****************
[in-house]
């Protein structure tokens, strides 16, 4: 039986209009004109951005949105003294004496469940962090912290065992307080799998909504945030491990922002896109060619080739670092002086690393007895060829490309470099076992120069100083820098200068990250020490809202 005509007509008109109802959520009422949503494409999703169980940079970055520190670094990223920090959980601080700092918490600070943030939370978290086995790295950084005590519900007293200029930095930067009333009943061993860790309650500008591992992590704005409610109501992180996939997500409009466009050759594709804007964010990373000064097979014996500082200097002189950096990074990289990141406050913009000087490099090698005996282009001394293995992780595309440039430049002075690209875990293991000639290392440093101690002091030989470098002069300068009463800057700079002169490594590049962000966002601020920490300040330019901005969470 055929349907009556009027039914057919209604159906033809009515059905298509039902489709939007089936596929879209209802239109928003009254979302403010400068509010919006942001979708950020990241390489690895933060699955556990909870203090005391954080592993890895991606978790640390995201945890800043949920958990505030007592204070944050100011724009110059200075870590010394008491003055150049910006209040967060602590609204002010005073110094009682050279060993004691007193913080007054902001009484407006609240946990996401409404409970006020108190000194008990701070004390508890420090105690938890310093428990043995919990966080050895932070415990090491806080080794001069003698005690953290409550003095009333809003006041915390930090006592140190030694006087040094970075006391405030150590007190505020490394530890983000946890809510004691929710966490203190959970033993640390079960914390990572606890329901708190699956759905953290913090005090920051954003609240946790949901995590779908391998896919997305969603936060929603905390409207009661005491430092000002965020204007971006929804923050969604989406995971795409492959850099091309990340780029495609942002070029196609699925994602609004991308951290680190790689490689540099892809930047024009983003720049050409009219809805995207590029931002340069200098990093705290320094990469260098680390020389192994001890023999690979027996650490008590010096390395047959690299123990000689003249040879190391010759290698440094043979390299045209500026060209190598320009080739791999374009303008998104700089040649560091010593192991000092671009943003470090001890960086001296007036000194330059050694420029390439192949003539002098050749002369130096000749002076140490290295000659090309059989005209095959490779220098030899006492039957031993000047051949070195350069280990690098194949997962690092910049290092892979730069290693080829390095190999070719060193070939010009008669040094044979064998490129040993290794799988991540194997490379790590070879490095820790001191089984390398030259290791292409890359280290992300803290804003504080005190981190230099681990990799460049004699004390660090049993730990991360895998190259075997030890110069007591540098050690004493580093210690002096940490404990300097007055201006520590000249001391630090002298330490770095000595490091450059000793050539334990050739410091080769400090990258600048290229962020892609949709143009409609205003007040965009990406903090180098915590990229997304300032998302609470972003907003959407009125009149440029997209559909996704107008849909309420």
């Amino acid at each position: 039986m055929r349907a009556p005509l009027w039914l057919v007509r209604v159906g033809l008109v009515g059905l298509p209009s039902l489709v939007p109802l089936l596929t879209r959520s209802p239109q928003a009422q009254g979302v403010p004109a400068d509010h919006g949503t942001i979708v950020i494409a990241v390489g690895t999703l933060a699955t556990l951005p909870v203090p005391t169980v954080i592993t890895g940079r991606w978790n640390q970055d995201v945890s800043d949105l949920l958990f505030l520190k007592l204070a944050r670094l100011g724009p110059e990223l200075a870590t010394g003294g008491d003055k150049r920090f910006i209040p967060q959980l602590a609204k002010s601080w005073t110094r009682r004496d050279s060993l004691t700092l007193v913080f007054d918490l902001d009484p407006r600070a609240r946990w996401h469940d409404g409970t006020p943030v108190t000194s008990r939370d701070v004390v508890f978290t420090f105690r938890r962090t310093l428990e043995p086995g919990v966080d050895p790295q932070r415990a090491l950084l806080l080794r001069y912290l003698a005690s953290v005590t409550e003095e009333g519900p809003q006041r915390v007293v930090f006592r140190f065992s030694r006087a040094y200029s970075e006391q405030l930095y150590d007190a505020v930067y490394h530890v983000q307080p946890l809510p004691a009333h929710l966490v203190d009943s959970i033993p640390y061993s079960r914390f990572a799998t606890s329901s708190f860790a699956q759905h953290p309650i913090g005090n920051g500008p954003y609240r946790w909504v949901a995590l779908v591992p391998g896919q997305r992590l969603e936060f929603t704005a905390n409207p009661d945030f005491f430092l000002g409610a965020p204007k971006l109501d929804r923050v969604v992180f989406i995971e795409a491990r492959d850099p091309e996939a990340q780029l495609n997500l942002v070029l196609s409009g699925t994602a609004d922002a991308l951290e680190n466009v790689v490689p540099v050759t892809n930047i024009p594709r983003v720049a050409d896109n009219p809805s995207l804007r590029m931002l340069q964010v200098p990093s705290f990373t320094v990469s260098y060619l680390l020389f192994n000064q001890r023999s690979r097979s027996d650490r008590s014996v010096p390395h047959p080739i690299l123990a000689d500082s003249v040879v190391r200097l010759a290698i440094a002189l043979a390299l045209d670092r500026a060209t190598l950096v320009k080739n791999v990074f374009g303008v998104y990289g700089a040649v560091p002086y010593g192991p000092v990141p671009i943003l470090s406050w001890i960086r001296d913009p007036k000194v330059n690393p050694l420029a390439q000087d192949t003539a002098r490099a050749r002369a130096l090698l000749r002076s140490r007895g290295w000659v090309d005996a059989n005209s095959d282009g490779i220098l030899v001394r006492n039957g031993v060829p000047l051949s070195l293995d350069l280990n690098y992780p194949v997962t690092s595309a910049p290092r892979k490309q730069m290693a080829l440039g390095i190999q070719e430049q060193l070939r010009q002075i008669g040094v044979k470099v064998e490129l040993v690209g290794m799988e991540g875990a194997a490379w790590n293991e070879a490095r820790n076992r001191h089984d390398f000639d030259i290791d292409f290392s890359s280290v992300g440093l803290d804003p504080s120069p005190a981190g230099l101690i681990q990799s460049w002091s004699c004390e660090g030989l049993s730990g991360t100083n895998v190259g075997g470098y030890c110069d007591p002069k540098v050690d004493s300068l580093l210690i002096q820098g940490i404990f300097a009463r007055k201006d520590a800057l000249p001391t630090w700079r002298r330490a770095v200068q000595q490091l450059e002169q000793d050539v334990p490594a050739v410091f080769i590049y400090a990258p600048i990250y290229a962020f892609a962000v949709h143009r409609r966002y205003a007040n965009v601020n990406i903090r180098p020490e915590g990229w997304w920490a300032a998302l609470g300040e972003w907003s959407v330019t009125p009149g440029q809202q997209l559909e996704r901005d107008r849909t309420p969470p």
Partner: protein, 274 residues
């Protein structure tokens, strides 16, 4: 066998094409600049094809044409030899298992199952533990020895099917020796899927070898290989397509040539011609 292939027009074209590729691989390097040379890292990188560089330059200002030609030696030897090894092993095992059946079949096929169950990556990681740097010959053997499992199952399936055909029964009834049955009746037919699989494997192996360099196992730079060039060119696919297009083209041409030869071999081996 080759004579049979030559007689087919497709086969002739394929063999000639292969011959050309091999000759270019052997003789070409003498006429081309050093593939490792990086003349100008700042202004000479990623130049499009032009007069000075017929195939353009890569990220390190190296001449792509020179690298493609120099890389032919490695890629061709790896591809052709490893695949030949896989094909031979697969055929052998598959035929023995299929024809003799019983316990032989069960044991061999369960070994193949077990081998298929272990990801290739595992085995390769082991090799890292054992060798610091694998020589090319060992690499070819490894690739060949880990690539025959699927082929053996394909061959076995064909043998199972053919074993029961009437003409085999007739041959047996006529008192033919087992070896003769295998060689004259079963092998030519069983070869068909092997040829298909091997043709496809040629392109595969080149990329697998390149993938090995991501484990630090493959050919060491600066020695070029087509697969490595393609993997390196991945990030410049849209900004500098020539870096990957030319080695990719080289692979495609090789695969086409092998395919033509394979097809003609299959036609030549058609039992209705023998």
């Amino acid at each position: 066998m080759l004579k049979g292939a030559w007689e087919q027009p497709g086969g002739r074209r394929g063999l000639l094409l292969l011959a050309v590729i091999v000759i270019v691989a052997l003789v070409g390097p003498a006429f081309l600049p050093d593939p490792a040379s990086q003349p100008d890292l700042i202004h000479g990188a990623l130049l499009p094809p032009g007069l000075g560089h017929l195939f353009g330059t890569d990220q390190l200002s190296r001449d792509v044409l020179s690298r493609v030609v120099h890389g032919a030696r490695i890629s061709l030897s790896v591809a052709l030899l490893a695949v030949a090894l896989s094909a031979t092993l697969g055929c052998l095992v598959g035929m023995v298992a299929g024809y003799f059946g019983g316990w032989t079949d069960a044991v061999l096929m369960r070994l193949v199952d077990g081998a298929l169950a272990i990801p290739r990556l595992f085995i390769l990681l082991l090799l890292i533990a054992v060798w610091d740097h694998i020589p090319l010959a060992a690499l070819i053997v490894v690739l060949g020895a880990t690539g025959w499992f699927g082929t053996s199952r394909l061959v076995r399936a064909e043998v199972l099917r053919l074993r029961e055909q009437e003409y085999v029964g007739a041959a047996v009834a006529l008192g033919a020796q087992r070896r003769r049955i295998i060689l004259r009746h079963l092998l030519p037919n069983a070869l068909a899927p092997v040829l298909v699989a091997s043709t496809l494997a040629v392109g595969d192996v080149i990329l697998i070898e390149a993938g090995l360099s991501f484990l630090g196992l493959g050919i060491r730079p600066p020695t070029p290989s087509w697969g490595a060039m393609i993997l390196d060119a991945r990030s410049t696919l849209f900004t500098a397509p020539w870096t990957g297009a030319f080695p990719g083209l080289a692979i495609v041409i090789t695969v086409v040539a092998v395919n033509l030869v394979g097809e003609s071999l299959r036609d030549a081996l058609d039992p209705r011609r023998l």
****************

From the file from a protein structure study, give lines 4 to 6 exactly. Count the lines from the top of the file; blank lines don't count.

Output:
Partner: protein, 274 residues
């Protein structure tokens, strides 16, 4: 066998094409600049094809044409030899298992199952533990020895099917020796899927070898290989397509040539011609 292939027009074209590729691989390097040379890292990188560089330059200002030609030696030897090894092993095992059946079949096929169950990556990681740097010959053997499992199952399936055909029964009834049955009746037919699989494997192996360099196992730079060039060119696919297009083209041409030869071999081996 080759004579049979030559007689087919497709086969002739394929063999000639292969011959050309091999000759270019052997003789070409003498006429081309050093593939490792990086003349100008700042202004000479990623130049499009032009007069000075017929195939353009890569990220390190190296001449792509020179690298493609120099890389032919490695890629061709790896591809052709490893695949030949896989094909031979697969055929052998598959035929023995299929024809003799019983316990032989069960044991061999369960070994193949077990081998298929272990990801290739595992085995390769082991090799890292054992060798610091694998020589090319060992690499070819490894690739060949880990690539025959699927082929053996394909061959076995064909043998199972053919074993029961009437003409085999007739041959047996006529008192033919087992070896003769295998060689004259079963092998030519069983070869068909092997040829298909091997043709496809040629392109595969080149990329697998390149993938090995991501484990630090493959050919060491600066020695070029087509697969490595393609993997390196991945990030410049849209900004500098020539870096990957030319080695990719080289692979495609090789695969086409092998395919033509394979097809003609299959036609030549058609039992209705023998």
């Amino acid at each position: 066998m080759l004579k049979g292939a030559w007689e087919q027009p497709g086969g002739r074209r394929g063999l000639l094409l292969l011959a050309v590729i091999v000759i270019v691989a052997l003789v070409g390097p003498a006429f081309l600049p050093d593939p490792a040379s990086q003349p100008d890292l700042i202004h000479g990188a990623l130049l499009p094809p032009g007069l000075g560089h017929l195939f353009g330059t890569d990220q390190l200002s190296r001449d792509v044409l020179s690298r493609v030609v120099h890389g032919a030696r490695i890629s061709l030897s790896v591809a052709l030899l490893a695949v030949a090894l896989s094909a031979t092993l697969g055929c052998l095992v598959g035929m023995v298992a299929g024809y003799f059946g019983g316990w032989t079949d069960a044991v061999l096929m369960r070994l193949v199952d077990g081998a298929l169950a272990i990801p290739r990556l595992f085995i390769l990681l082991l090799l890292i533990a054992v060798w610091d740097h694998i020589p090319l010959a060992a690499l070819i053997v490894v690739l060949g020895a880990t690539g025959w499992f699927g082929t053996s199952r394909l061959v076995r399936a064909e043998v199972l099917r053919l074993r029961e055909q009437e003409y085999v029964g007739a041959a047996v009834a006529l008192g033919a020796q087992r070896r003769r049955i295998i060689l004259r009746h079963l092998l030519p037919n069983a070869l068909a899927p092997v040829l298909v699989a091997s043709t496809l494997a040629v392109g595969d192996v080149i990329l697998i070898e390149a993938g090995l360099s991501f484990l630090g196992l493959g050919i060491r730079p600066p020695t070029p290989s087509w697969g490595a060039m393609i993997l390196d060119a991945r990030s410049t696919l849209f900004t500098a397509p020539w870096t990957g297009a030319f080695p990719g083209l080289a692979i495609v041409i090789t695969v086409v040539a092998v395919n033509l030869v394979g097809e003609s071999l299959r036609d030549a081996l058609d039992p209705r011609r023998l």